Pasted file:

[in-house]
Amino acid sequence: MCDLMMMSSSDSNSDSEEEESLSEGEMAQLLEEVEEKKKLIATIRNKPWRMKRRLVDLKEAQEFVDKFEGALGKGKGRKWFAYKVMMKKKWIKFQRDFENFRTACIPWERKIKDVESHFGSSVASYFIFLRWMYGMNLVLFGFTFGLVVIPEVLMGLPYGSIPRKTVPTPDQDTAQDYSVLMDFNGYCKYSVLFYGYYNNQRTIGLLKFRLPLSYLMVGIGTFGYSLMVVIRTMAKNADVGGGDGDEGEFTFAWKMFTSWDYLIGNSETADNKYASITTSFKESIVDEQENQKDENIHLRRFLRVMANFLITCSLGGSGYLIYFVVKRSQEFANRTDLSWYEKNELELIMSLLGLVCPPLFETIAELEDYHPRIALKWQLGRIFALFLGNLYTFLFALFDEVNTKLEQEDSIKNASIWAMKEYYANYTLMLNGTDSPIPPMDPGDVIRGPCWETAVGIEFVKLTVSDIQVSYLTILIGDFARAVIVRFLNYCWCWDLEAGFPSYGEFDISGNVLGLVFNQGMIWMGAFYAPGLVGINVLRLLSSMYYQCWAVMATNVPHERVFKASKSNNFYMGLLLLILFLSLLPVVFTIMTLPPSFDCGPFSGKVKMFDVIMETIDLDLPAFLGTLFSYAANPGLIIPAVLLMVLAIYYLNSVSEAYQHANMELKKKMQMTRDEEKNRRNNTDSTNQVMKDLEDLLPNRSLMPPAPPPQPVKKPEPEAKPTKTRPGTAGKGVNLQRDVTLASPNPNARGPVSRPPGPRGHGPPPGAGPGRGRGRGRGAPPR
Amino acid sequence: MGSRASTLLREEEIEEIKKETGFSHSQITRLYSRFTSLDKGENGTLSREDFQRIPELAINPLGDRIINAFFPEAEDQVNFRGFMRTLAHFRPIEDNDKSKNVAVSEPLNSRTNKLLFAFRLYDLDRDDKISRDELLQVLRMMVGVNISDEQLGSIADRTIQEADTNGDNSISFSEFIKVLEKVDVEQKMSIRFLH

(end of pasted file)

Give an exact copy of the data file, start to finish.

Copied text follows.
[in-house]
Amino acid sequence: MCDLMMMSSSDSNSDSEEEESLSEGEMAQLLEEVEEKKKLIATIRNKPWRMKRRLVDLKEAQEFVDKFEGALGKGKGRKWFAYKVMMKKKWIKFQRDFENFRTACIPWERKIKDVESHFGSSVASYFIFLRWMYGMNLVLFGFTFGLVVIPEVLMGLPYGSIPRKTVPTPDQDTAQDYSVLMDFNGYCKYSVLFYGYYNNQRTIGLLKFRLPLSYLMVGIGTFGYSLMVVIRTMAKNADVGGGDGDEGEFTFAWKMFTSWDYLIGNSETADNKYASITTSFKESIVDEQENQKDENIHLRRFLRVMANFLITCSLGGSGYLIYFVVKRSQEFANRTDLSWYEKNELELIMSLLGLVCPPLFETIAELEDYHPRIALKWQLGRIFALFLGNLYTFLFALFDEVNTKLEQEDSIKNASIWAMKEYYANYTLMLNGTDSPIPPMDPGDVIRGPCWETAVGIEFVKLTVSDIQVSYLTILIGDFARAVIVRFLNYCWCWDLEAGFPSYGEFDISGNVLGLVFNQGMIWMGAFYAPGLVGINVLRLLSSMYYQCWAVMATNVPHERVFKASKSNNFYMGLLLLILFLSLLPVVFTIMTLPPSFDCGPFSGKVKMFDVIMETIDLDLPAFLGTLFSYAANPGLIIPAVLLMVLAIYYLNSVSEAYQHANMELKKKMQMTRDEEKNRRNNTDSTNQVMKDLEDLLPNRSLMPPAPPPQPVKKPEPEAKPTKTRPGTAGKGVNLQRDVTLASPNPNARGPVSRPPGPRGHGPPPGAGPGRGRGRGRGAPPR
Amino acid sequence: MGSRASTLLREEEIEEIKKETGFSHSQITRLYSRFTSLDKGENGTLSREDFQRIPELAINPLGDRIINAFFPEAEDQVNFRGFMRTLAHFRPIEDNDKSKNVAVSEPLNSRTNKLLFAFRLYDLDRDDKISRDELLQVLRMMVGVNISDEQLGSIADRTIQEADTNGDNSISFSEFIKVLEKVDVEQKMSIRFLH